First, as a step S1, the surface finishing of titania particles has been performed. 50 grams of titania particles (CR-90 from Ishihara Sangyo Kaisha, Ltd.) as the first particles to be charged positive; 110 grams of hexane as a solvent; and 3.5 grams of dimethyl-n-octhylchrolosilane as a surface finishing agent have been put into a 500-milliliter three-neck flask and agitated at a solvent temperature of 55 degrees Celsius for approximately four hours. After that, centrifugal separation has been performed using a centrifuge and the finished titania particles have been extracted.

In addition, it is convenient to use marketed titania particles as the first particles, as in the above case, from the practical viewpoint. For example, the TTO series, ET series, ST/STS series, etc. from Ishihara Sangyo Kaisha can be used. Further, as the first particles, inorganic pigment particles such as white lead; zinc oxide; zinc sulfide; etc. and various organic pigment particles can also be used. As a method for applying surface finishing agent, dry processing and spray processing can also be employed, other than the above wet processing. As a particle processing method, direct processing, masterbatch processing, and dry concentration can be employed. As a solvent, a publicly known solvent that has a low solubility to both kinds of particles and a molecule amount suitable for both kinds of charged particles to migrate needs to be selected. As a surface finishing agent, publicly known agents such as silane series coupling agents, chromium series coupling agents, titanate series coupling agents, aluminum series coupling agents, zirconium series coupling agents, zircoaluminate coupling agents, fluorine series coupling agents, etc. can be used.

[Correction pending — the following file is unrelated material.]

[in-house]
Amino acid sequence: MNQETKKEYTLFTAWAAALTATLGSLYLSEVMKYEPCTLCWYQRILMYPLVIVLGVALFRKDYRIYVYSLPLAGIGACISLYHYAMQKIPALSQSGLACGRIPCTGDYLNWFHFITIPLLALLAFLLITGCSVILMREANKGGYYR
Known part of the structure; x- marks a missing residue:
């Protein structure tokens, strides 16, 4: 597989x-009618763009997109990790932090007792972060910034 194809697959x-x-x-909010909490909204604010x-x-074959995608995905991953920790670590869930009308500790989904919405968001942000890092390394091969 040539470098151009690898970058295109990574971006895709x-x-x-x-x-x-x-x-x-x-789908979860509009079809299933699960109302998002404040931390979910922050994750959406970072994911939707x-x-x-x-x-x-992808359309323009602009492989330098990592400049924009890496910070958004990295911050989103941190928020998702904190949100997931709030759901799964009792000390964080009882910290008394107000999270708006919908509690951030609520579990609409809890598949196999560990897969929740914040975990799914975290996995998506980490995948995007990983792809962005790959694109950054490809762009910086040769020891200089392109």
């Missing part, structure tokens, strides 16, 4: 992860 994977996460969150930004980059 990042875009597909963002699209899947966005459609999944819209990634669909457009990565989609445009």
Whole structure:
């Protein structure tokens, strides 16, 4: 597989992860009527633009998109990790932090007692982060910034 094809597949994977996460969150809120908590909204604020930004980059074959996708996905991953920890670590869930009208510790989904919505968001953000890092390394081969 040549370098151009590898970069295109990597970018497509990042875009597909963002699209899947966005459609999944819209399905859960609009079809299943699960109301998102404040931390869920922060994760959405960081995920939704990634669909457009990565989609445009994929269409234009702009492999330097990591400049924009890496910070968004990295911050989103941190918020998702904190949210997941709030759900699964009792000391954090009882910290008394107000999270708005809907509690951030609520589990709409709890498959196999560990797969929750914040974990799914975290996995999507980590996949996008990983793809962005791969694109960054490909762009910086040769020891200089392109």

(2) Remove Unreacted Agent (S2)